By Caroline Keeley
Taking the decision to divorce or separate is not an easy one and this is never truer than when children are involved. Trying to work out the family arrangements following the breakdown of a relationship is difficult with parties trying to balance financial, practical and emotional aspects. Through it all, the children must be at the centre.
The policy of the Court is now one of non-intervention and parents, following divorce or separation, are left to make their own arrangements for their children. Making an application to Court is very much the last resort when parties cannot reach agreement either through their own discussion, with the aid of solicitors or in mediation. The Court will only make an order if it considers it is in the best interests of the child to do so.
The Court has the power to make a Child Arrangements Order setting out with whom a child is to live and when they will spend time or otherwise have contact with a person. The order can name one or two people as persons with whom the children will live specifying the time that the child will live in each household. This means that a child may live with both parents in their respective households following separation but the time in those households need not be equal.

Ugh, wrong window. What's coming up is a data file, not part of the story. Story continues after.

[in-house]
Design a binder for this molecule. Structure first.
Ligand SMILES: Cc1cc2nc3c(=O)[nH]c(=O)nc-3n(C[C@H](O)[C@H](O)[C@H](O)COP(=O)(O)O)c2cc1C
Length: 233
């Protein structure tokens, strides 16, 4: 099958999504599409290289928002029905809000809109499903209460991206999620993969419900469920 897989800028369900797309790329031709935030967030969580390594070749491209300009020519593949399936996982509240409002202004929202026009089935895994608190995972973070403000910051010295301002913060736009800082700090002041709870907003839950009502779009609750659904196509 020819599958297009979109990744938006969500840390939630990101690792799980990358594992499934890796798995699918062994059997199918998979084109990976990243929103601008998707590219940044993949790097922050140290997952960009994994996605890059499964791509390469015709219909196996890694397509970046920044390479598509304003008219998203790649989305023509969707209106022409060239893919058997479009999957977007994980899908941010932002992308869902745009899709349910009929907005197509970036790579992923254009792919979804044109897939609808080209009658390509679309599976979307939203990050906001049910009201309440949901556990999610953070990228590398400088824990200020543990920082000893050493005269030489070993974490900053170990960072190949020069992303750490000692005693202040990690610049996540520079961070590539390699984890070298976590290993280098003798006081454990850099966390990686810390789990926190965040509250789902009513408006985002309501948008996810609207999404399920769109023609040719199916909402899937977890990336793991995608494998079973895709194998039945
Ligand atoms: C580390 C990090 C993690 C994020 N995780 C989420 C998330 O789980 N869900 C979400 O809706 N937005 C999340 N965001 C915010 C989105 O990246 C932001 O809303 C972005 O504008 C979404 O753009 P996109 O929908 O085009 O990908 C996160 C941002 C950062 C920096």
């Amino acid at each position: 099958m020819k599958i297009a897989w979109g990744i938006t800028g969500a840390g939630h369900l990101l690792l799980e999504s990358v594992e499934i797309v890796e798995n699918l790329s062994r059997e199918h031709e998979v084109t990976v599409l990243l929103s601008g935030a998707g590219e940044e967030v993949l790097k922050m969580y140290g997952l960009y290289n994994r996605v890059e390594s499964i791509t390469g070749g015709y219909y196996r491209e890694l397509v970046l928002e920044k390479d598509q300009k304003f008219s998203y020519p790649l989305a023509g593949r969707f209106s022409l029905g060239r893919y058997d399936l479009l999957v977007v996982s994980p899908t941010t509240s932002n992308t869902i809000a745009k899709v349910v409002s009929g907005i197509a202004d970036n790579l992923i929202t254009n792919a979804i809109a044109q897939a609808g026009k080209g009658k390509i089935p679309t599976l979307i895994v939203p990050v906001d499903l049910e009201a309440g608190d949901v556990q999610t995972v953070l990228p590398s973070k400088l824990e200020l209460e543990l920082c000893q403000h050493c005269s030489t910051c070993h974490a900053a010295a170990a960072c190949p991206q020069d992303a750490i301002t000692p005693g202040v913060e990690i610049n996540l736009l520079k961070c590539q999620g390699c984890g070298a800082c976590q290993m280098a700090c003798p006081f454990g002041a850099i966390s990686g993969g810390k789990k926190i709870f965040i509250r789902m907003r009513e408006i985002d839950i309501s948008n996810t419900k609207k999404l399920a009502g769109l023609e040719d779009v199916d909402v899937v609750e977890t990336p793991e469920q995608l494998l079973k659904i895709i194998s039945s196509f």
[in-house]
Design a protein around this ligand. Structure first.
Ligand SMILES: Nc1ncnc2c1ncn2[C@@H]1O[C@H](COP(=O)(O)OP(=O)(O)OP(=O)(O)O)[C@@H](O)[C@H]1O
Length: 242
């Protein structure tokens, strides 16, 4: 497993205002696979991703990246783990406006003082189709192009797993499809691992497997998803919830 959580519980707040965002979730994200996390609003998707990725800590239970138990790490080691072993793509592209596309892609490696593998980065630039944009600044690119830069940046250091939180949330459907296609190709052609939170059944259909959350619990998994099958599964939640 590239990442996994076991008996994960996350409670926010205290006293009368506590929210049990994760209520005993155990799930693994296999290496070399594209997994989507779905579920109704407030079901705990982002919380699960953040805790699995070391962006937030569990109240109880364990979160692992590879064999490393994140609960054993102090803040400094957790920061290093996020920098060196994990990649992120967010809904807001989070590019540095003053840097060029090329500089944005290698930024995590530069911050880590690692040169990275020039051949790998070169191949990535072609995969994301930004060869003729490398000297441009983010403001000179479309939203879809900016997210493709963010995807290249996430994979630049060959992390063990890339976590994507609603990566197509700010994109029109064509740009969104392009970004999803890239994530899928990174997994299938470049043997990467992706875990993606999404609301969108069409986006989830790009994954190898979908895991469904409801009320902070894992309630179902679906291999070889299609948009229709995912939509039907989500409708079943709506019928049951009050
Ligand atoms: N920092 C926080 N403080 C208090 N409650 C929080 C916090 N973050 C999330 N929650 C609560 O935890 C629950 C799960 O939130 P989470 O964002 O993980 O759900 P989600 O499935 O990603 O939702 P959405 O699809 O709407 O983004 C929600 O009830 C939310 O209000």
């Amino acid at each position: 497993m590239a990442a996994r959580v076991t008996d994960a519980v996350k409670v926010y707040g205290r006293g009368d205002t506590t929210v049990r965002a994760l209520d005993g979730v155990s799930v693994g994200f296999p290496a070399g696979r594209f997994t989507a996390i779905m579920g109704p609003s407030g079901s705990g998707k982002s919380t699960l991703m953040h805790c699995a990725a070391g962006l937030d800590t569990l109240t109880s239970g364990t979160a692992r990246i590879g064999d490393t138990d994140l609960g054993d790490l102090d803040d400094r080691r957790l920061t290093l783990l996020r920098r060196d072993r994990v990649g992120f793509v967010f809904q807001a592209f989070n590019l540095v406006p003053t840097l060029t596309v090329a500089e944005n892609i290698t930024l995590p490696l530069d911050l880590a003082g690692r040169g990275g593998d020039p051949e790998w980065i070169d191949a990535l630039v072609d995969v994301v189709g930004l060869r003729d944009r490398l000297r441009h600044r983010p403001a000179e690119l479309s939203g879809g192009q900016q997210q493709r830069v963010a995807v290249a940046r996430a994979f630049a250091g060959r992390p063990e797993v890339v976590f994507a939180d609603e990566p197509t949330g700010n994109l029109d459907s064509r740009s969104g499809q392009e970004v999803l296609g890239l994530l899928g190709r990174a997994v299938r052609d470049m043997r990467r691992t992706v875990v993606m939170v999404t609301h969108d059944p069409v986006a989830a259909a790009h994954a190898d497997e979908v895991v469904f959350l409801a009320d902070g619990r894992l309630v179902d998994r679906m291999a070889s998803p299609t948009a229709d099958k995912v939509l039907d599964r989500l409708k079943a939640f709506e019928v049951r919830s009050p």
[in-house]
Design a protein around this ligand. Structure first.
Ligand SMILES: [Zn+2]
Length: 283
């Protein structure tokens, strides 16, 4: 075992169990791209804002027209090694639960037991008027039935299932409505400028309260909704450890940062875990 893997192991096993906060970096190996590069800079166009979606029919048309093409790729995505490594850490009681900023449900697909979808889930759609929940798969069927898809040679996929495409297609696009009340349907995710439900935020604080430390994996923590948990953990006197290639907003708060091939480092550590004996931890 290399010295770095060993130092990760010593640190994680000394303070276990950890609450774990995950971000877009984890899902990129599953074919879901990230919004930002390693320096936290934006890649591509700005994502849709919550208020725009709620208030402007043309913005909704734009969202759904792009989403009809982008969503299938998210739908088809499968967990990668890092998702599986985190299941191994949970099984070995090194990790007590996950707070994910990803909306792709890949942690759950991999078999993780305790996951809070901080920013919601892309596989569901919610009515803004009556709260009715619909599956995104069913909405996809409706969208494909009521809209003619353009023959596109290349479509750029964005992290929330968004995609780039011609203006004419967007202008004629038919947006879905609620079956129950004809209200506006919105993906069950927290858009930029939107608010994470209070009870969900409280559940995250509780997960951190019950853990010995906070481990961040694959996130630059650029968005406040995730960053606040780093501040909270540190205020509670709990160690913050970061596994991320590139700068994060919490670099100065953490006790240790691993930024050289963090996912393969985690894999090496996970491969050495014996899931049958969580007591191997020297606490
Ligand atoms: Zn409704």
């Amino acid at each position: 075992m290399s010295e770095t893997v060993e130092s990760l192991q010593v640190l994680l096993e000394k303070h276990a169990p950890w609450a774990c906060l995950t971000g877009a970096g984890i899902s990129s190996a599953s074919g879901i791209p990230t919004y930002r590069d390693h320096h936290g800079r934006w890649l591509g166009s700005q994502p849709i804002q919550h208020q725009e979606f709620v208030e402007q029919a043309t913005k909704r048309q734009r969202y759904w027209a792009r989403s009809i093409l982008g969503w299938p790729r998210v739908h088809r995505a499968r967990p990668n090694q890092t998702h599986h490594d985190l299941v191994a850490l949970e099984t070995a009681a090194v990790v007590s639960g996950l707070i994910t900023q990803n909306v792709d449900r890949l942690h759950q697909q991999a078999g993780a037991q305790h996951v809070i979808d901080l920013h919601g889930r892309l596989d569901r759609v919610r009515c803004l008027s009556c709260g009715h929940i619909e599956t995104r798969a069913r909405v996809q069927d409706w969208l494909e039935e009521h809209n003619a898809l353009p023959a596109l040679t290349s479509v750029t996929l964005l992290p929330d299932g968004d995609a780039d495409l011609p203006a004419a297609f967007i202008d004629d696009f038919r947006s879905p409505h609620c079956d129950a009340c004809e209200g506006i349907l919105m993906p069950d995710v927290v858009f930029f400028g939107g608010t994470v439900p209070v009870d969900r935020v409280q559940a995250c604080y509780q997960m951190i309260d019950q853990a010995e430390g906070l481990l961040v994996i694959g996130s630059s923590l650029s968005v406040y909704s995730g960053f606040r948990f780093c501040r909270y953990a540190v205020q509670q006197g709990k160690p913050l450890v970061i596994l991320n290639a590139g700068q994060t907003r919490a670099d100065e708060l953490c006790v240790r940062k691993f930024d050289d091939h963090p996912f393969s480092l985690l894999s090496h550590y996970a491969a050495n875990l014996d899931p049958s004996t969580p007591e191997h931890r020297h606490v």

There is no formula to say how much time a child should spend with the other parent or how the child’s time should be divided between their parents’ respective households. This approach can make it difficult for parents to know how to proceed, but the benefit is that the arrangements made can and will be bespoke to your family.
It is important to realise that there should be an element of flexibility to any agreement reached or Order made by the Court to allow for one-off family occasions, a change in circumstances and the child’s needs changing as they grow up. The key for all concerned is finding a way to co-parent going forward.
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